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Can't conditionally exclude parts of Struts page

Austin Tashis
Greenhorn

Joined: May 23, 2003
Posts: 19
I'm working on a page in a Weblogic 10 application that needs to be included in other pages but also opened as a stand-alone page, so I thought I'd just put some c:if tags around the elements that are required only in the stand-alone page so they can be excluded when it's included in another page, like this:


I thought, as long as the beginning and end tags are present or absent under the same conditions, everything would be hunky-dory. Not only was I mistaken, but I'm still having a hard time understanding the error feedback I'm getting.



Huh? It can't use the start tag because it can't find the end tag, and it can't use the end tag because it can't find the start tag??? But! But!

And this is with both "ifs" set to true, even if I put ${true} right in the test attribute (or false--it doesn't make any difference). And it does the same thing if I use <logic:equal parameter="standalone" value="true">.

I tried this on Tomcat, using a simpler page, and also got an error, but this time it was the </c:if> tag that was unbalanced.

I've already come up with a workaround, but I'm still puzzled by this.
Shailesh Narkhede
Ranch Hand

Joined: Jul 10, 2008
Posts: 368
</html:form> tag closing in <c:if test="${standAlone}"> tag this is not right.
tag opening & closing should be in propare sequence.
paste whole jsp here, we can figure out error.


Thanks,
Shailesh
Austin Tashis
Greenhorn

Joined: May 23, 2003
Posts: 19
Not quite sure what you mean by "sequence." All tags are opened before they're closed.

The only thing here that's not quite correct, as I see it, is that the html and form tags are not being opened and closed in the same context, but the contexts they are in are logically identical. I even declared a special boolean variable to connect them.

Can it be that the error checking is so strict that it throws an error if there's even the slightest possibility that an error might occur, e.g. if something were to happen to the value of that variable, instead of waiting for an actual error to occur? That seems a little paranoid.

All the html you need is there. You can imagine any entities that might be appropriate in the context of an html form element. If it is a stand-alone page, the"ifs" will be true and it will use its own form and html elements; if it's embedded in another page, it will be inserted within the context of that page's form element.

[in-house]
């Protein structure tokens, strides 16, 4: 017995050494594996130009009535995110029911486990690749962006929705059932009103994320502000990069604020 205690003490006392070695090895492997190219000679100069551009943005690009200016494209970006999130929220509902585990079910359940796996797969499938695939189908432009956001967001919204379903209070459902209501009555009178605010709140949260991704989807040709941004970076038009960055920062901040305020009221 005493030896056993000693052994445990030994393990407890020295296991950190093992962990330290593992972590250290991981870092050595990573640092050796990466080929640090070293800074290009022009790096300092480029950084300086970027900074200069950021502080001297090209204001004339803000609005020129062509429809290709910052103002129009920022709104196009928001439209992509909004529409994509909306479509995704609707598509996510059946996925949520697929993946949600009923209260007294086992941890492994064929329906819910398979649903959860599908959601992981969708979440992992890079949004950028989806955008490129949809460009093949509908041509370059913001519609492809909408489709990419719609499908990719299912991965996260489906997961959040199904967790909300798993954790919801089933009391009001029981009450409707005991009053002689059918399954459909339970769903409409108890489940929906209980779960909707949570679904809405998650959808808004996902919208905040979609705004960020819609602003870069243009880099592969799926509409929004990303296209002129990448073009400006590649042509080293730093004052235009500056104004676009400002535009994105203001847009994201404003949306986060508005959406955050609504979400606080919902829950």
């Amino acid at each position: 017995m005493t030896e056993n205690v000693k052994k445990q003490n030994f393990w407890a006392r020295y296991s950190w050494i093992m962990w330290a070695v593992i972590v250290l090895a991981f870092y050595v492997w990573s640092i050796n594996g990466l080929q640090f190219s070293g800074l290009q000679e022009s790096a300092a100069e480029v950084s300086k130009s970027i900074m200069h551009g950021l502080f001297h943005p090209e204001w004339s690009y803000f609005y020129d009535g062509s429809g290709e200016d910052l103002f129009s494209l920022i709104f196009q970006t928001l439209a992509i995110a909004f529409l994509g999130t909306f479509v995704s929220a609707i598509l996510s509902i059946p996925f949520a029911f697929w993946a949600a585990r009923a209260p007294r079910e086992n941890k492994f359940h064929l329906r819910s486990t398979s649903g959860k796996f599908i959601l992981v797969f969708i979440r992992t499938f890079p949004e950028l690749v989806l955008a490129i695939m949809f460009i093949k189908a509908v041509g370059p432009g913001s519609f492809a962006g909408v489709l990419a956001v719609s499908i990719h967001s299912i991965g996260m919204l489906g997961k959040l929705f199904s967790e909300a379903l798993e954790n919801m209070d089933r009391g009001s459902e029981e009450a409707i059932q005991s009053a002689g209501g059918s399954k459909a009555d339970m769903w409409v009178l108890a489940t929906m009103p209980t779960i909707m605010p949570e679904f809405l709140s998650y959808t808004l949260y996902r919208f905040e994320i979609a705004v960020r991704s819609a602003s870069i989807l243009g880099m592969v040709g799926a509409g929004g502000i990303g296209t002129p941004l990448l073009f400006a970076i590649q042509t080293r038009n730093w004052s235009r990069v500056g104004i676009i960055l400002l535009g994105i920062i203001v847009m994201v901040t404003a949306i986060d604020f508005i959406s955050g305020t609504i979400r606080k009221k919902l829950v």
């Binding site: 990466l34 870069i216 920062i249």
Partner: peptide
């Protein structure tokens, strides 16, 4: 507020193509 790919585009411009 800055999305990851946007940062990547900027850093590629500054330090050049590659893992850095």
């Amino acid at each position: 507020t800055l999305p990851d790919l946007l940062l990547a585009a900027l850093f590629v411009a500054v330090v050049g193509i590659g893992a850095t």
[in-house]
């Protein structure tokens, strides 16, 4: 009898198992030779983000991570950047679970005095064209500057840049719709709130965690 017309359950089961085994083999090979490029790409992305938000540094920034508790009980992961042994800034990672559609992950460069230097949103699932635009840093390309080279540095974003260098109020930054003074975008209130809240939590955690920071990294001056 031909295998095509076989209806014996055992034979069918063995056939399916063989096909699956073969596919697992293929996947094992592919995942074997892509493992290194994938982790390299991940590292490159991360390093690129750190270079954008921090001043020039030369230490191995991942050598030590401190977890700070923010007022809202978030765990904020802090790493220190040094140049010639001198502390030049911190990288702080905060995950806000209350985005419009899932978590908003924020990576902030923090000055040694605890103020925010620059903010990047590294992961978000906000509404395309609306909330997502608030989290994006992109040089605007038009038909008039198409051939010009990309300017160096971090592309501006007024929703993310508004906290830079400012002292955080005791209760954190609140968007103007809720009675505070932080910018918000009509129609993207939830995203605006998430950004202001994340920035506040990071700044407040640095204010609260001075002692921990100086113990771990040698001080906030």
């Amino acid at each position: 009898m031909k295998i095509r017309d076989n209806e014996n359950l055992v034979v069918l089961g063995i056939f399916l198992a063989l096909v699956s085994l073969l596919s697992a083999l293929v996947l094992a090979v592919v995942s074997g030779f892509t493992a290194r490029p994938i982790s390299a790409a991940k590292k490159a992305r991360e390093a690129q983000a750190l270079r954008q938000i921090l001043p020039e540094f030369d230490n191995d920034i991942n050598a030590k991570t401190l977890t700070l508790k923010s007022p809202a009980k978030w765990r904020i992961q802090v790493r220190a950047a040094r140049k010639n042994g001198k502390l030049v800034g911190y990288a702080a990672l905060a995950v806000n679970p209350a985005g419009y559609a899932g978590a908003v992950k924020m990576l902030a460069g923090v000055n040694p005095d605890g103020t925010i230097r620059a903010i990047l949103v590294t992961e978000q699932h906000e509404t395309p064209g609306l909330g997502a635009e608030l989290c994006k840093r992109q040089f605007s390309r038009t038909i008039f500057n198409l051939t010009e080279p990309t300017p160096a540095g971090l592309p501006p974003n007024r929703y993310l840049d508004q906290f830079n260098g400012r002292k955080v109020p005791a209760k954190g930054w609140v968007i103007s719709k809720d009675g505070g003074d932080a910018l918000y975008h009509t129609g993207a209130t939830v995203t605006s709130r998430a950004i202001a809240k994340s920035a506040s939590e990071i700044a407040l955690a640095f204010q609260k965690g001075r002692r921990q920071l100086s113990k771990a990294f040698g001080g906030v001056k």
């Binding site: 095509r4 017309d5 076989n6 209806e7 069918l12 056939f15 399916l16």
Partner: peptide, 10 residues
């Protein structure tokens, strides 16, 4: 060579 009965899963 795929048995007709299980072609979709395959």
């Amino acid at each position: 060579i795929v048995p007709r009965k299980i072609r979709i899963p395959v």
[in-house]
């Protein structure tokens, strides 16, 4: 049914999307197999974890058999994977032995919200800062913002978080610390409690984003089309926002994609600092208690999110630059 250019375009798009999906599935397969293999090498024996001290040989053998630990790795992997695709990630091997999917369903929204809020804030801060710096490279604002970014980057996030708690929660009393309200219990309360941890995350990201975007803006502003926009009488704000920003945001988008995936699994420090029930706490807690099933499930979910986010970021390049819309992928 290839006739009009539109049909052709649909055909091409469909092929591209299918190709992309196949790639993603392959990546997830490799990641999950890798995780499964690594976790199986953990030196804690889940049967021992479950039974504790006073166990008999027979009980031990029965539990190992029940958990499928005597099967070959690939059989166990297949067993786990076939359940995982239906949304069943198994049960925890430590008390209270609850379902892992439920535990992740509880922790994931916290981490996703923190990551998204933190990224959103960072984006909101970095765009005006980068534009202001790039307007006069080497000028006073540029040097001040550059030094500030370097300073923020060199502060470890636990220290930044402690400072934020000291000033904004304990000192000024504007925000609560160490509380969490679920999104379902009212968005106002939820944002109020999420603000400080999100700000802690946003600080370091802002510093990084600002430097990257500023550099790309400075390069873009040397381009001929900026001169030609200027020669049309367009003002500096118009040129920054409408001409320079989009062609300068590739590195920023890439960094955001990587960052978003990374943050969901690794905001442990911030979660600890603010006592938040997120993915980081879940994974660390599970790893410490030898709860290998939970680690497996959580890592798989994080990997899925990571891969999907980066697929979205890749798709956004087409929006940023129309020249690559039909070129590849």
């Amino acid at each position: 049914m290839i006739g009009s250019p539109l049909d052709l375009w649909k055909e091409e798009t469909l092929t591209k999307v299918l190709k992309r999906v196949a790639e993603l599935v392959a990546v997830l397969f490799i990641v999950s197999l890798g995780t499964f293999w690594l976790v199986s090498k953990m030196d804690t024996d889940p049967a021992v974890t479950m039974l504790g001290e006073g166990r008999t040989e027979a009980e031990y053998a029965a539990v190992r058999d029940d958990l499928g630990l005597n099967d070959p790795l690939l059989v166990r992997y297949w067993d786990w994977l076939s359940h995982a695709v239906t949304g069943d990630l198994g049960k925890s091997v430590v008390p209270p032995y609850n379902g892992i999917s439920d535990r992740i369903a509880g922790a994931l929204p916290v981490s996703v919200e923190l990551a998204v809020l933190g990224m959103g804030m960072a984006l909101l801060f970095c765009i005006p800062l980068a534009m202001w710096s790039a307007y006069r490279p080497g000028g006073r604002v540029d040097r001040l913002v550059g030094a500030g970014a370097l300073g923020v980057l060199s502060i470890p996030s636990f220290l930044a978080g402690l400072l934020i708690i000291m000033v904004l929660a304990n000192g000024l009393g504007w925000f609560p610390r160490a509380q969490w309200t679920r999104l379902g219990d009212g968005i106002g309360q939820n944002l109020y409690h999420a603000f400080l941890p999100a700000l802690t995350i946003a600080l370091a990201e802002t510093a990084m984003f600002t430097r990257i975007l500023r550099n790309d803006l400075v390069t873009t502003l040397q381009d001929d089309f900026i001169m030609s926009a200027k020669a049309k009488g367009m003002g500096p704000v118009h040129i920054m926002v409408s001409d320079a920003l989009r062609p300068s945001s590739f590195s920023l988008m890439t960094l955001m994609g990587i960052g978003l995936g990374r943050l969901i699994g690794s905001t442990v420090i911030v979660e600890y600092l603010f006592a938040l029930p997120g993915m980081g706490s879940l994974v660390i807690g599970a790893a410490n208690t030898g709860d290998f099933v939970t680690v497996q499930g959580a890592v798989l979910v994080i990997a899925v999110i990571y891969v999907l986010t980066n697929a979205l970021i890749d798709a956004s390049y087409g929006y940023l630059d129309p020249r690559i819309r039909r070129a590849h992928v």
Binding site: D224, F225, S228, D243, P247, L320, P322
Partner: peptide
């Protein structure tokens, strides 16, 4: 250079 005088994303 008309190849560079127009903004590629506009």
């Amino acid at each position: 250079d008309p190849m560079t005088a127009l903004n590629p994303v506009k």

Shailesh Narkhede wrote:</html:form> tag closing in <c:if test="${standAlone}"> tag this is not right.
tag opening & closing should be in propare sequence.
paste whole jsp here, we can figure out error.
Shailesh Narkhede
Ranch Hand

Joined: Jul 10, 2008
Posts: 368


If ${param.standalone} false then <html:html> tag not come in picture then </html:html> not having start tag.

In above code if ${standAlone} come false then </html:form> will not come in picture.
this means <html:form action="/form-submit.do"> will not have end tag.



David Newton
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Joined: Sep 29, 2008
Posts: 12617

The issue is that you can't arbitrarily nest tags like that--you can't do it in XML, either.
Austin Tashis
Greenhorn

Joined: May 23, 2003
Posts: 19
Sure, but the XHTML hierarchy and the JSP hierarchy are really two different things. I guess I was thinking the same would be true of Struts and JSTL tags. It's too bad there's no way to programmatically include Struts HTML elements without excluding all their descendant nodes. That's a real limitation.

David Newton wrote:The issue is that you can't arbitrarily nest tags like that--you can't do it in XML, either.
David Newton
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Joined: Sep 29, 2008
Posts: 12617

There's no difference between JSTL custom tags and Struts custom tags (other than their functionality, of course).
Austin Tashis
Greenhorn

Joined: May 23, 2003
Posts: 19
Other than that, eh? ;-)

I suppose it's tied to the functional difference, but I am having a hard time thinking of anything analogous to the <html:form> and <html:html> tags where they replace themselves with their corresponding html tags. One consequence is that they tend to have incredibly large chunks of JSP code, in all its many varieties, in their contexts, which becomes non-reusable, unless it's included from other files, which is probably the right way to do things anyway. I could go for smaller forms too, but I can't change that.

Considering how fussy they are about what you can wrap around them, I wish they could be as picky about what goes on between them. I'd start using them everywhere.

David Newton wrote:There's no difference between JSTL custom tags and Struts custom tags (other than their functionality, of course).
David Newton
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Joined: Sep 29, 2008